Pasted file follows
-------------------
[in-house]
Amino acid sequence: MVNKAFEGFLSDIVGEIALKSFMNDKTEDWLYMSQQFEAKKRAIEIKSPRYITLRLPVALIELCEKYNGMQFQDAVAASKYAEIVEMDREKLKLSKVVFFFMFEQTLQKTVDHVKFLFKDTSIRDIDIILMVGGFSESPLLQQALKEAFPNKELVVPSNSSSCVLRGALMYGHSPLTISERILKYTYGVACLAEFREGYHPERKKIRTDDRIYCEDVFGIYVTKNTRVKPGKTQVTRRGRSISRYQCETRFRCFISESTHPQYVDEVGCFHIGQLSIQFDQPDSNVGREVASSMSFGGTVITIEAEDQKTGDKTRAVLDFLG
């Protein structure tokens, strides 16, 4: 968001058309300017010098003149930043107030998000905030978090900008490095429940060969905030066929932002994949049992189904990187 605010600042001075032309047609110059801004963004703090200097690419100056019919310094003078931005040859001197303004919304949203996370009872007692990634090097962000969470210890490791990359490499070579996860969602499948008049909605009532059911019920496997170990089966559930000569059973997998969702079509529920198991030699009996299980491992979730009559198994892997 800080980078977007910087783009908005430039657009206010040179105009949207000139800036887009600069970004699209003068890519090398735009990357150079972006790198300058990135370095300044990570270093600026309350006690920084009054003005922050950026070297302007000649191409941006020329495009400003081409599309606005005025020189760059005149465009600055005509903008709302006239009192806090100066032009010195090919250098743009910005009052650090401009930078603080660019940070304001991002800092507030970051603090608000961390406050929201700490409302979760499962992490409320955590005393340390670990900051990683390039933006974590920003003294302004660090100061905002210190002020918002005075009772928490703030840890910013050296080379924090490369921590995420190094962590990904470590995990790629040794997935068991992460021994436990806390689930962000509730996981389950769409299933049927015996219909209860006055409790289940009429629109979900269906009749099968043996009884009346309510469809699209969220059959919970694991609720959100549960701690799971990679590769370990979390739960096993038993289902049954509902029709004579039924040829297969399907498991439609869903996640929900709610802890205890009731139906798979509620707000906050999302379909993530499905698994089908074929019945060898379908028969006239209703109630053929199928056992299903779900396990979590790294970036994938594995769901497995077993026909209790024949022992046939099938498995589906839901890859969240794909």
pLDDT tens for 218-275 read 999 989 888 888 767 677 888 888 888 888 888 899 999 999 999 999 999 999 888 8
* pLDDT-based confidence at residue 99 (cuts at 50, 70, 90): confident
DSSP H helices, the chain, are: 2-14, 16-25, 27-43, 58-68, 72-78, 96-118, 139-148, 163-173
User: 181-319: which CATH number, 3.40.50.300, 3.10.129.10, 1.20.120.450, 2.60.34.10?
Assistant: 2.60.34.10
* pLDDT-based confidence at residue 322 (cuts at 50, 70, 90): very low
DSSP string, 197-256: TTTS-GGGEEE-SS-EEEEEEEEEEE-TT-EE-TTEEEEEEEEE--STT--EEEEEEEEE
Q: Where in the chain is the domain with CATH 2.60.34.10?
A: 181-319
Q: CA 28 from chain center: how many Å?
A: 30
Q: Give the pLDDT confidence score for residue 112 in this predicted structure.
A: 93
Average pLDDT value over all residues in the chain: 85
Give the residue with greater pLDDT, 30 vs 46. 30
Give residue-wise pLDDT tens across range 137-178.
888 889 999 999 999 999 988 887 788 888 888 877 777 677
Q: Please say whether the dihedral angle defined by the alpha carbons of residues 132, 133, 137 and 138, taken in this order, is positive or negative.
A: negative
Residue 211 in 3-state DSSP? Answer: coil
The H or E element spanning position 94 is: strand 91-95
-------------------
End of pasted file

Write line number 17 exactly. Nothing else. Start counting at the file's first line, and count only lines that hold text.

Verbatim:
Average pLDDT value over all residues in the chain: 85